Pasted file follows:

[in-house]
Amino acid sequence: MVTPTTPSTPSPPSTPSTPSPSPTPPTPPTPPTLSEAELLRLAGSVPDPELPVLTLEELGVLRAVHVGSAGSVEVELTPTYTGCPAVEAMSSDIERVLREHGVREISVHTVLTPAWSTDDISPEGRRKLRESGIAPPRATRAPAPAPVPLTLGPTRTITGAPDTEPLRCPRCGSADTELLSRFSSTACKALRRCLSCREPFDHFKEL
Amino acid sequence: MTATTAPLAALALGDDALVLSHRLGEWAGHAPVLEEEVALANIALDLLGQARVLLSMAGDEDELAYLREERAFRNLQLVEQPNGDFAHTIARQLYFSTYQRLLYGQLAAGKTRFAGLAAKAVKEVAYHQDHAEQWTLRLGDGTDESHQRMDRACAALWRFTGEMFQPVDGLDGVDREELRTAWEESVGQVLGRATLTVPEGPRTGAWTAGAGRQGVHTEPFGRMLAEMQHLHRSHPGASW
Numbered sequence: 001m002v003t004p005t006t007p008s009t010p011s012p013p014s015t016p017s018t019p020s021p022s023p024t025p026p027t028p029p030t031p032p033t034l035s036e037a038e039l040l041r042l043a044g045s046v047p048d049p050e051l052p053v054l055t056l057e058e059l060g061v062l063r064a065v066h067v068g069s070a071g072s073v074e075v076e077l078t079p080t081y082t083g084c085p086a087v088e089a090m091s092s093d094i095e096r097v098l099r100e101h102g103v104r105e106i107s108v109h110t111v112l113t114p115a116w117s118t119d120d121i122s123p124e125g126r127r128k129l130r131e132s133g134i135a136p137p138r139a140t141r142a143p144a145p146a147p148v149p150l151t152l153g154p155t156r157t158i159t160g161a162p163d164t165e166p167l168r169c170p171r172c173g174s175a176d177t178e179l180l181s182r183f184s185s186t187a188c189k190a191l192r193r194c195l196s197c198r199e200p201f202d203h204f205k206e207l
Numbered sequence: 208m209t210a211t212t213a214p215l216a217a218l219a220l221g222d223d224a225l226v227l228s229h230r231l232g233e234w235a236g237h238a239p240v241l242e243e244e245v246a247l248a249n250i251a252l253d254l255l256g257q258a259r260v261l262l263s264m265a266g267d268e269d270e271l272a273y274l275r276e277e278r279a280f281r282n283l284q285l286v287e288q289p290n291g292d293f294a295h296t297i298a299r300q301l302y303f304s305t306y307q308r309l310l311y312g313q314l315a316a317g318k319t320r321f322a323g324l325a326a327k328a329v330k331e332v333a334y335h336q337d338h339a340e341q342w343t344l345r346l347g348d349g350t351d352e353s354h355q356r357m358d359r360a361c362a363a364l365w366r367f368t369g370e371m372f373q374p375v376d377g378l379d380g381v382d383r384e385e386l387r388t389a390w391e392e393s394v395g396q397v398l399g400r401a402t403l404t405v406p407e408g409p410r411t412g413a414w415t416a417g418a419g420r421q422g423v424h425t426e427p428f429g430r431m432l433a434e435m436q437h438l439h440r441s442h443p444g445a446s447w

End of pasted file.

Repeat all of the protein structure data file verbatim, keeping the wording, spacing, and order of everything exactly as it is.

[in-house]
Amino acid sequence: MVTPTTPSTPSPPSTPSTPSPSPTPPTPPTPPTLSEAELLRLAGSVPDPELPVLTLEELGVLRAVHVGSAGSVEVELTPTYTGCPAVEAMSSDIERVLREHGVREISVHTVLTPAWSTDDISPEGRRKLRESGIAPPRATRAPAPAPVPLTLGPTRTITGAPDTEPLRCPRCGSADTELLSRFSSTACKALRRCLSCREPFDHFKEL
Amino acid sequence: MTATTAPLAALALGDDALVLSHRLGEWAGHAPVLEEEVALANIALDLLGQARVLLSMAGDEDELAYLREERAFRNLQLVEQPNGDFAHTIARQLYFSTYQRLLYGQLAAGKTRFAGLAAKAVKEVAYHQDHAEQWTLRLGDGTDESHQRMDRACAALWRFTGEMFQPVDGLDGVDREELRTAWEESVGQVLGRATLTVPEGPRTGAWTAGAGRQGVHTEPFGRMLAEMQHLHRSHPGASW
Numbered sequence: 001m002v003t004p005t006t007p008s009t010p011s012p013p014s015t016p017s018t019p020s021p022s023p024t025p026p027t028p029p030t031p032p033t034l035s036e037a038e039l040l041r042l043a044g045s046v047p048d049p050e051l052p053v054l055t056l057e058e059l060g061v062l063r064a065v066h067v068g069s070a071g072s073v074e075v076e077l078t079p080t081y082t083g084c085p086a087v088e089a090m091s092s093d094i095e096r097v098l099r100e101h102g103v104r105e106i107s108v109h110t111v112l113t114p115a116w117s118t119d120d121i122s123p124e125g126r127r128k129l130r131e132s133g134i135a136p137p138r139a140t141r142a143p144a145p146a147p148v149p150l151t152l153g154p155t156r157t158i159t160g161a162p163d164t165e166p167l168r169c170p171r172c173g174s175a176d177t178e179l180l181s182r183f184s185s186t187a188c189k190a191l192r193r194c195l196s197c198r199e200p201f202d203h204f205k206e207l
Numbered sequence: 208m209t210a211t212t213a214p215l216a217a218l219a220l221g222d223d224a225l226v227l228s229h230r231l232g233e234w235a236g237h238a239p240v241l242e243e244e245v246a247l248a249n250i251a252l253d254l255l256g257q258a259r260v261l262l263s264m265a266g267d268e269d270e271l272a273y274l275r276e277e278r279a280f281r282n283l284q285l286v287e288q289p290n291g292d293f294a295h296t297i298a299r300q301l302y303f304s305t306y307q308r309l310l311y312g313q314l315a316a317g318k319t320r321f322a323g324l325a326a327k328a329v330k331e332v333a334y335h336q337d338h339a340e341q342w343t344l345r346l347g348d349g350t351d352e353s354h355q356r357m358d359r360a361c362a363a364l365w366r367f368t369g370e371m372f373q374p375v376d377g378l379d380g381v382d383r384e385e386l387r388t389a390w391e392e393s394v395g396q397v398l399g400r401a402t403l404t405v406p407e408g409p410r411t412g413a414w415t416a417g418a419g420r421q422g423v424h425t426e427p428f429g430r431m432l433a434e435m436q437h438l439h440r441s442h443p444g445a446s447w